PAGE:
Pervasive, But Not Omnipotent or Omnipresent
The gods are pervasive through our lives. Whether we’re dealing with Universal Laws, or simple governing of biological drives and behaviors, to growing the crops, to wild animals and the hunt. In many cases, the gods are here every moment of our lives, but they are bound by rules that they set in place. For example, Tyr is a very powerful god, but he is held in check by his own laws, by the Wyrd, and by chaos. I don’t know if he is in other universes within the Multiverse, but seeing as I probably won’t get there, it has little meaning to me. He might actually provide rules in other universes, but whether they are the same as our universe is inconsequential.
That is Tyr’s pervasiveness. But it doesn’t mean Tyr hangs out with me all the time. Yes, a good portion of his power is with me, with you, with everything in this world and universe because otherwise the laws of physics wouldn’t work. Little wonder why he is considered a celestial god. You got that much power to enforce physics, which see in stars and galaxies on a large scale.
But Tyr isn’t omnipresent in the sense of the Christian god. Tyr’s “consciousness,” if you want to call it that, isn’t always on me, you, or the guy down the street. His laws are with us, and the control he governs is immense. But the constant watching you isn’t his thing. It isn’t any of the gods’ things. They leave that to Santa Claus. If the gods were always watching us, you’d have to admit, they’d be pretty bored.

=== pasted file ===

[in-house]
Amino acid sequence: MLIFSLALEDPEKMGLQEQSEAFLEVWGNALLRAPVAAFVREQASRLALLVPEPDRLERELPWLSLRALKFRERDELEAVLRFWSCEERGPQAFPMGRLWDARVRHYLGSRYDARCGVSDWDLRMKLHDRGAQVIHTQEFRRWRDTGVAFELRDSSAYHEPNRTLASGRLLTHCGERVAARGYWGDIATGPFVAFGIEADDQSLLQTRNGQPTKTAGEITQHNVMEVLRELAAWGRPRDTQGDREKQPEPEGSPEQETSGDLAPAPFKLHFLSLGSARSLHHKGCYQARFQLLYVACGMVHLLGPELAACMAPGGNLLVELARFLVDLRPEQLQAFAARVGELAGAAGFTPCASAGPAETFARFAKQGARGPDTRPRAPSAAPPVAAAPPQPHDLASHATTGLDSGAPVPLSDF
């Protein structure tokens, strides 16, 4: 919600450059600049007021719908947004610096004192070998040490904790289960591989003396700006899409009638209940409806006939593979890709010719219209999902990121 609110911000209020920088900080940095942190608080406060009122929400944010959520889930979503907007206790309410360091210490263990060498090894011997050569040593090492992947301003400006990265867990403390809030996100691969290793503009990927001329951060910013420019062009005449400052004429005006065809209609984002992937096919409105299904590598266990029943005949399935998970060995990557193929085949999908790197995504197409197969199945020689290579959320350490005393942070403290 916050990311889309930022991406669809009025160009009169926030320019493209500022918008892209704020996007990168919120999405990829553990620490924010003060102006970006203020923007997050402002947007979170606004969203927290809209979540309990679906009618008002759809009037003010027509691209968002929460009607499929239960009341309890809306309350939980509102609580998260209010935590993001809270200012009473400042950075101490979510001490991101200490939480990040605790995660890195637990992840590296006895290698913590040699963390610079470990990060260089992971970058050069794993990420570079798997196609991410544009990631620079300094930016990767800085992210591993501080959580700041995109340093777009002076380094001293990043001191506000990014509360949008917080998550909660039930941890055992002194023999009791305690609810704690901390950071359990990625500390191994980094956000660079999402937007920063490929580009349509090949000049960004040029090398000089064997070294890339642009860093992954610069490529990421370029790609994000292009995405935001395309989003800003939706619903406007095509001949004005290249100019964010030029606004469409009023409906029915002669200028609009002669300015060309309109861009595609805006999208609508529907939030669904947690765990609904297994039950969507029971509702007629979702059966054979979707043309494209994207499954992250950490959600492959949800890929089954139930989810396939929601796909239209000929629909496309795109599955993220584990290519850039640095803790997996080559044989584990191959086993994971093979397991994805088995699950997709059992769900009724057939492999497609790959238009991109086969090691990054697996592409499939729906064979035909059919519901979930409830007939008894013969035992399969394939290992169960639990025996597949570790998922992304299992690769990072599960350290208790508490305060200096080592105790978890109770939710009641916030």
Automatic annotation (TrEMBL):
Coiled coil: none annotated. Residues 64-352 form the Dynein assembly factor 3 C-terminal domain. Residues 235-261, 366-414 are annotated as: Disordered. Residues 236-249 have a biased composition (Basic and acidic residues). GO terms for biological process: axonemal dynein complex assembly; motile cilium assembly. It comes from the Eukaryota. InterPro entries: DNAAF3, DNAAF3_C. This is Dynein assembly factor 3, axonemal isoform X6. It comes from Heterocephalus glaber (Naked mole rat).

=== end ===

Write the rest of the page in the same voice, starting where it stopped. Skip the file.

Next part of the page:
What the Hel was THIS About?
Looking back at this post, I realize it’s a lost cause to wrangle this into some sort of order. I should just dump this post and tell Loki to fuck off. But the post has some good points about the differences between the heathen gods and the Christian god. The heathen gods can be characterized as laws of nature and the universe. The Christian god, not so much — according to the Christian beliefs, he is the one and only. Laws are something the Christian god makes, but can break at any time. Can the heathen god break the laws? Yes, but there is a price to pay.
Look at the price Tyr suffered for violating an oath. He lost his right hand; his sword hand. But it was worth it to keep chaos (Fenrir) from running amok and bringing about the end of the universe. When you realize that the difference between our gods and the Jotun are simple intentions toward humans, it all makes infinite sense. (Don’t believe me, look at Skadi, Tyr, and Thor — all which either have Jotun blood or are pure Jotun.)
I honestly hope you could glean something out of this post that is worthwhile. Otherwise, I’ll be back to less rambling things such as Yule in my next post.